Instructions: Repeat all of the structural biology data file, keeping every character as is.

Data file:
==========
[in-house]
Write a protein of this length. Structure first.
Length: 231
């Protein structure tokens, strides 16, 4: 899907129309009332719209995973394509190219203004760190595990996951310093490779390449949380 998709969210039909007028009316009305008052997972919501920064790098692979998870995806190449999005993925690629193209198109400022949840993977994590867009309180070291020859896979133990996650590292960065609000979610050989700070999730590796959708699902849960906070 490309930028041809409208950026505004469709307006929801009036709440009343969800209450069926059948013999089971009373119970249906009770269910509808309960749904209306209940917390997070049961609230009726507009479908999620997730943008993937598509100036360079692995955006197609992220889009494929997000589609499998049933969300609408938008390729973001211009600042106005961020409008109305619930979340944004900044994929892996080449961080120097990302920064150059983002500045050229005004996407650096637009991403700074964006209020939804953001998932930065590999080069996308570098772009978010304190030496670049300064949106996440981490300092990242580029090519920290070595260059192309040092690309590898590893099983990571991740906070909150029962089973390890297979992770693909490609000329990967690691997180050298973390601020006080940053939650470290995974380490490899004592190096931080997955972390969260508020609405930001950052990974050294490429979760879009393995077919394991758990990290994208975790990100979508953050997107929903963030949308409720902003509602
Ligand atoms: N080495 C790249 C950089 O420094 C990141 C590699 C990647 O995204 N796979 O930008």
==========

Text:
[in-house]
Write a protein of this length. Structure first.
Length: 231
């Protein structure tokens, strides 16, 4: 899907129309009332719209995973394509190219203004760190595990996951310093490779390449949380 998709969210039909007028009316009305008052997972919501920064790098692979998870995806190449999005993925690629193209198109400022949840993977994590867009309180070291020859896979133990996650590292960065609000979610050989700070999730590796959708699902849960906070 490309930028041809409208950026505004469709307006929801009036709440009343969800209450069926059948013999089971009373119970249906009770269910509808309960749904209306209940917390997070049961609230009726507009479908999620997730943008993937598509100036360079692995955006197609992220889009494929997000589609499998049933969300609408938008390729973001211009600042106005961020409008109305619930979340944004900044994929892996080449961080120097990302920064150059983002500045050229005004996407650096637009991403700074964006209020939804953001998932930065590999080069996308570098772009978010304190030496670049300064949106996440981490300092990242580029090519920290070595260059192309040092690309590898590893099983990571991740906070909150029962089973390890297979992770693909490609000329990967690691997180050298973390601020006080940053939650470290995974380490490899004592190096931080997955972390969260508020609405930001950052990974050294490429979760879009393995077919394991758990990290994208975790990100979508953050997107929903963030949308409720902003509602
Ligand atoms: N080495 C790249 C950089 O420094 C990141 C590699 C990647 O995204 N796979 O930008």